And, sometime I want to tell you the whole story, how my children piled puppy after puppy on my lap that night, all eight of the little Hoovers, just days old. I want to tell you bit by bit how I went to the farm that night with teeth gritted and shoulders squared, a fighting failure of a mother and homemaker, and how they piled those sweet, sleepy, trusting puppies on me and made me know my worth. I ended the night with open hands, fireflies landing in them and taking off again over fields of soybeans, a joy hoped for that summer, but until then, not yet seen.

The summer went on. I kept on playing despite the pain and uncertainty. We read Feathers for Lunch, made nests out of salad and got to our bird watching. We ran through sprinklers. We twiddled our toes in grass. We walked to town for ice cream…more than once. We grew our watermelons and chewed them down almost to the rind where they curved like toothy little grins. We waved our flags and swirled our sparklers, checking off some more boxes on our original summer to-do list. And still, the spontaneous surprises came.

I clapped at the sight of my friend and her new husband kicking off their sandals on the dune where they said “I do,” laughter and grains of sand soaring. Afterward, my non-dancing husband twirled me and pulled me close in the low light of the bandstand. I laid my head on his shoulder, trusted his lead. Earlier, at the wedding ceremony, I had read from Joel, and the words came again to me now: “I will make up to you for the years that the locust has eaten.” I needed to trust His lead, too, to count on Him to make up for the months ruined by my unruly canine(s). And soon, He would do it– He would lead my family to one of our favorite restaurants, not even on our usual night, and cross my path with a friend who works for a different orthodontic provider.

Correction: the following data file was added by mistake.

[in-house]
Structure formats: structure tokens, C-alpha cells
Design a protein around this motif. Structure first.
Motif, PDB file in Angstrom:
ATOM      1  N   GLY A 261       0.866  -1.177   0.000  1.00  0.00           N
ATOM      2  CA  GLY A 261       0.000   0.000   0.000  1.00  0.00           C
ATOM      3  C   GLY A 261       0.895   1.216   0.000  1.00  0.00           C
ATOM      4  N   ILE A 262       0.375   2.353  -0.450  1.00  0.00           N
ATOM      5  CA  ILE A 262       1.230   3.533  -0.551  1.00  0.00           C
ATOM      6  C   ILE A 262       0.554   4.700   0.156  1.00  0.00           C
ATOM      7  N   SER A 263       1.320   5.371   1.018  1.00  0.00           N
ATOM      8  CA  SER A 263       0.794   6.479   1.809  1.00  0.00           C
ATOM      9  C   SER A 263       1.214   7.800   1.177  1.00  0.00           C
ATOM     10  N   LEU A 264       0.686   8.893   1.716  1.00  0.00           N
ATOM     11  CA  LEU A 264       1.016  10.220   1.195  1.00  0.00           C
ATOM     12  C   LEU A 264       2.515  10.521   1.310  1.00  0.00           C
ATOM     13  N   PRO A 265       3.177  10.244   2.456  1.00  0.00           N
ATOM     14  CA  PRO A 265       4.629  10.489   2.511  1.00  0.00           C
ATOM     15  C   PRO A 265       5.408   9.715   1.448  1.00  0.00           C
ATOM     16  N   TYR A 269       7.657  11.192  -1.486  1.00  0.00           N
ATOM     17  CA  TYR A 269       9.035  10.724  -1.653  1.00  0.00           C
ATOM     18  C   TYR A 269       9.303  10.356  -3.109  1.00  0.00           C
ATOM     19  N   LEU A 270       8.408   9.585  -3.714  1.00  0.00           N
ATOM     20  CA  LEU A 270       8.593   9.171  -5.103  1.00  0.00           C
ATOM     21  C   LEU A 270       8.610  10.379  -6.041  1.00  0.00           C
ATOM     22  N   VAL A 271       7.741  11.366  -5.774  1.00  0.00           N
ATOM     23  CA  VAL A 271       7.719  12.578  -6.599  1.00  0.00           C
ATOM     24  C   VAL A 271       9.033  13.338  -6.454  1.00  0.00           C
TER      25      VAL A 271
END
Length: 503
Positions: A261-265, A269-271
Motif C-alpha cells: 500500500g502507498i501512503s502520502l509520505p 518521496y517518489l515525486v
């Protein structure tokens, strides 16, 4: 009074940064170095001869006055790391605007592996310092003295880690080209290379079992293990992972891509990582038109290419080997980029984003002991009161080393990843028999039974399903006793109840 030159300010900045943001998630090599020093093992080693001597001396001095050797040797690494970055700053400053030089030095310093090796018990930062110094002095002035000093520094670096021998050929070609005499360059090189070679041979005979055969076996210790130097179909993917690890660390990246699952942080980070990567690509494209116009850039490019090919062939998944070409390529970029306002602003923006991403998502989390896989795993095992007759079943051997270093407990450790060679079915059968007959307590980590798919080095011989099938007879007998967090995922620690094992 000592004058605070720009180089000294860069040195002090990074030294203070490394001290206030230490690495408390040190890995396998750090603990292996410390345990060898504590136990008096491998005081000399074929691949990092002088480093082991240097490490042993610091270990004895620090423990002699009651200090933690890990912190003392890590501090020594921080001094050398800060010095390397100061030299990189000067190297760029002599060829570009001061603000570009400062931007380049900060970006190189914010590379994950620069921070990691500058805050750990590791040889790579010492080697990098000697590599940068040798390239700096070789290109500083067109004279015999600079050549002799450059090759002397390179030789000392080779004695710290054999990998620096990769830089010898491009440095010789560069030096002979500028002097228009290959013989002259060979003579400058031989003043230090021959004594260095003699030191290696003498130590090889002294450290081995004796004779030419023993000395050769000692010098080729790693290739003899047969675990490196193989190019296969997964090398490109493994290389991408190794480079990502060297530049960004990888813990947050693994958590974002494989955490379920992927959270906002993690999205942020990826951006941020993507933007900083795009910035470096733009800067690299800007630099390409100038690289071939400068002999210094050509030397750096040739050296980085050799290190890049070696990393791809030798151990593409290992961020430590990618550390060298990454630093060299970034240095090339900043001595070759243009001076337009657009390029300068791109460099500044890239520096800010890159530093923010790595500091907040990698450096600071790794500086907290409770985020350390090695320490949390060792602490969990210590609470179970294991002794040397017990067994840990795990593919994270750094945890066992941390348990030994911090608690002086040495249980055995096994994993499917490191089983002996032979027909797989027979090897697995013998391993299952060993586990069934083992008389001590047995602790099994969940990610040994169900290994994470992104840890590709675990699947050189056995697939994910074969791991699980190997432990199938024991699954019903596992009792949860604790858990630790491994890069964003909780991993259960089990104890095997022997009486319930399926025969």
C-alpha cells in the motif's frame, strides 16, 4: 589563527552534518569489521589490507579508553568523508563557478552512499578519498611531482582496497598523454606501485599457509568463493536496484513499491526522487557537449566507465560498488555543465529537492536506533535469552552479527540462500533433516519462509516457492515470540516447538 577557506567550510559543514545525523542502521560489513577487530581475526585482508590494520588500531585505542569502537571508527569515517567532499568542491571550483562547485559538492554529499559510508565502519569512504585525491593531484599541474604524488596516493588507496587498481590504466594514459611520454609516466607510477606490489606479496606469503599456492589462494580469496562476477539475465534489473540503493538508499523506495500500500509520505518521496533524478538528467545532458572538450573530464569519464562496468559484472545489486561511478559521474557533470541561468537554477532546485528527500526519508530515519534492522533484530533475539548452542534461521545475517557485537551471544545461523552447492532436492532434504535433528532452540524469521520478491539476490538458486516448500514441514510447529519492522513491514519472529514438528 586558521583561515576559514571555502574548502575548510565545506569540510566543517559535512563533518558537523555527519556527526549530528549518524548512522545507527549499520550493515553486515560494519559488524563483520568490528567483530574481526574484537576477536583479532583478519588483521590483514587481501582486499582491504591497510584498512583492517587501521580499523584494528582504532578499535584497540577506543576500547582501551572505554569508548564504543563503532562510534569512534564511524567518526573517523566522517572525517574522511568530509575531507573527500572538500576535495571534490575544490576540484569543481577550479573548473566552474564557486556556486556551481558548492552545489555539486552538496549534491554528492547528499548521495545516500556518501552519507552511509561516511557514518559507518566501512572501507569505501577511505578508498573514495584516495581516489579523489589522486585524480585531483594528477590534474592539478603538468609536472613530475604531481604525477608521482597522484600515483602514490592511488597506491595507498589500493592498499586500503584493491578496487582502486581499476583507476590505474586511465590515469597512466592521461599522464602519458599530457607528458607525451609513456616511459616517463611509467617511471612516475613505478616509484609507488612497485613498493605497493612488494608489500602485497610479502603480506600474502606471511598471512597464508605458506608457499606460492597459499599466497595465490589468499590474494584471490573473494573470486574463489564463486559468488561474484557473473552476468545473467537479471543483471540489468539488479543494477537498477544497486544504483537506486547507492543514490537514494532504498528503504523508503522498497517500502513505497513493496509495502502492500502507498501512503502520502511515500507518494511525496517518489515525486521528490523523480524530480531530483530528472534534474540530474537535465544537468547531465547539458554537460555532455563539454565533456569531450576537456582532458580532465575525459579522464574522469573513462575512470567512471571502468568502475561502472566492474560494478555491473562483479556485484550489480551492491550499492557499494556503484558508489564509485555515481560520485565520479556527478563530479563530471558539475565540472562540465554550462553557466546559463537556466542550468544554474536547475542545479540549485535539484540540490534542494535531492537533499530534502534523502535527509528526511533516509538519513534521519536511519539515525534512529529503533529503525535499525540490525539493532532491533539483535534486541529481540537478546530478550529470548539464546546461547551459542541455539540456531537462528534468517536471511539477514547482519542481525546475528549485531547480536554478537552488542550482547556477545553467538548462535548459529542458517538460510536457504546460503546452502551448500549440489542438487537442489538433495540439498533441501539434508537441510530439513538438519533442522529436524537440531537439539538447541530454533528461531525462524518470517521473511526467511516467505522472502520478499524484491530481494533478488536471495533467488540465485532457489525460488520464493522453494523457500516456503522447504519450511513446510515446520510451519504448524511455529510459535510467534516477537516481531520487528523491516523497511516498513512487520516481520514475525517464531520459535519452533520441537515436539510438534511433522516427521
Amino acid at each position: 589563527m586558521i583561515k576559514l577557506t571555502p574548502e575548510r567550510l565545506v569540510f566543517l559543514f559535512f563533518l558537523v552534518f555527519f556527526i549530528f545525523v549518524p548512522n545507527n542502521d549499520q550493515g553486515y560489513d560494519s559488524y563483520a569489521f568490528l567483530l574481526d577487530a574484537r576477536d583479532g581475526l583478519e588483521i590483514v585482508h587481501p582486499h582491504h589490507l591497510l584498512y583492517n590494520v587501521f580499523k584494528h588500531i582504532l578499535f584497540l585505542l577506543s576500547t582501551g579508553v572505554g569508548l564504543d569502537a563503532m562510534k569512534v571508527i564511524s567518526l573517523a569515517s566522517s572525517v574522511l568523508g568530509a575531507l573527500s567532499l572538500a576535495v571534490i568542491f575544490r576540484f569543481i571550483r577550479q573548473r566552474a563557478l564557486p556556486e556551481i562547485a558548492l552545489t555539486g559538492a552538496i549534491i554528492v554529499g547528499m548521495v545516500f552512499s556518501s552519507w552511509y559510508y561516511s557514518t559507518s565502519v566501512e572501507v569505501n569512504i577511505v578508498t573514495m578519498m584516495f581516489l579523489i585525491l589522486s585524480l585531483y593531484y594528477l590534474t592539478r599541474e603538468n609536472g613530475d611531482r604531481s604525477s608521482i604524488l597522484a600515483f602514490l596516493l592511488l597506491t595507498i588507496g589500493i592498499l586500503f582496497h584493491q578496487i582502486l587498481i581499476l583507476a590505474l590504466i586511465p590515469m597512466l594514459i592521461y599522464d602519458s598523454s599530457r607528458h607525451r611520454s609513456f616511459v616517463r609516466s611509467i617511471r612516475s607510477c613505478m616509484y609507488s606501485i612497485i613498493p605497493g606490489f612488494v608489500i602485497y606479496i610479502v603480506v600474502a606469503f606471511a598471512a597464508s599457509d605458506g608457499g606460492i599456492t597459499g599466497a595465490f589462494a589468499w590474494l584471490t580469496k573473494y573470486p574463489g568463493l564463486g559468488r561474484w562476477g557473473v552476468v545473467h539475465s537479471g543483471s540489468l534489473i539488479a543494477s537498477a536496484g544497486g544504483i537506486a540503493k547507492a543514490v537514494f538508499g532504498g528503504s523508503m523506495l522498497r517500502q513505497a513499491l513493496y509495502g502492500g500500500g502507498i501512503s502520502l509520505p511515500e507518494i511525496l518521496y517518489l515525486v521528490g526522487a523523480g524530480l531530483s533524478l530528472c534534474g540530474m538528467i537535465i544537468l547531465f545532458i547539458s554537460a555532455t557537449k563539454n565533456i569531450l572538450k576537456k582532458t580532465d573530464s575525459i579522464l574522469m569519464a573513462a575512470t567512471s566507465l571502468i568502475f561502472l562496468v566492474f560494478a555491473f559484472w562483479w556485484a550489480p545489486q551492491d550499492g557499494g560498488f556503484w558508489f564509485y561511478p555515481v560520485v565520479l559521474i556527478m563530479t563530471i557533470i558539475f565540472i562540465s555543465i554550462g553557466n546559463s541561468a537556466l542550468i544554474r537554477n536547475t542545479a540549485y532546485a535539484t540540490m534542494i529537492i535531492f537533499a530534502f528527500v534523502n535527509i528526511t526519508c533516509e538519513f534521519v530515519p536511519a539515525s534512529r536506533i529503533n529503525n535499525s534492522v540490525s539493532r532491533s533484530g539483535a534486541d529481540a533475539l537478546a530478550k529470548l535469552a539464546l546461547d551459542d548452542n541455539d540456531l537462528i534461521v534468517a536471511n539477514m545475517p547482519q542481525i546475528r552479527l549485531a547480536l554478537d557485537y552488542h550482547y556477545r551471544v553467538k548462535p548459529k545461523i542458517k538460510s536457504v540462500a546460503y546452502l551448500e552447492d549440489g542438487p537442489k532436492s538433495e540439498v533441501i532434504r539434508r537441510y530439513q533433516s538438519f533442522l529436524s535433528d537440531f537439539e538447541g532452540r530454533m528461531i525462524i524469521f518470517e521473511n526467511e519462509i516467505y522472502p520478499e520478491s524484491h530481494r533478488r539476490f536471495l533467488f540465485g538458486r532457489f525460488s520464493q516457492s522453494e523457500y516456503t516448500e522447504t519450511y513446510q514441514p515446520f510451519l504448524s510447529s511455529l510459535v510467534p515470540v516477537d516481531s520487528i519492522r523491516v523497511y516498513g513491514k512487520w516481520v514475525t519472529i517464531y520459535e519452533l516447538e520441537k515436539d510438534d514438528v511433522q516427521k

I felt we were getting somewhere, but then, on my birthday, I lay in bed depressed again. Unlike my old provider, this new one was confident he could lure my tooth back into the arch, make my smile presentable again and even close my bite. But my first two years in braces would count for nothing. We were starting from below ground zero. I would have to pay the full price for a completely new orthodontic plan. This had been weighing on me for weeks, me feeling like a money pit.

Then the phone rang. I wiped my eyes and put some cheer in my voice so as not to give my mood away. It was my husband. He had gotten a call from his boss just then, an unexpected raise, six months before review time. And it covered all but twelve dollars of the monthly fee for my new orthodontic plan. A surprise…just for me.

The boss didn’t know it was my birthday, but God did. And He knew just what I needed that day. The attentive One who sent me a heart-shaped tomato in the garden in the heat of summer, He had a birthday gift picked out for me, an all-expense-paid trip to healing and wholeness. I needed to know I was not a burden and that my situation hadn’t escaped His notice and that I didn’t have to plan or provide for myself. He knew all that.

He has a list, too, these simple joys He’s just waiting to give. And when He surprised me with it all last summer, in the middle of trouble, I couldn’t help but smile…with my teeth showing.

{So far, this summer is much less eventful than last! Have you ever been surprised by what a season had in store? What do you have planned for this one? Share your story in the comments.}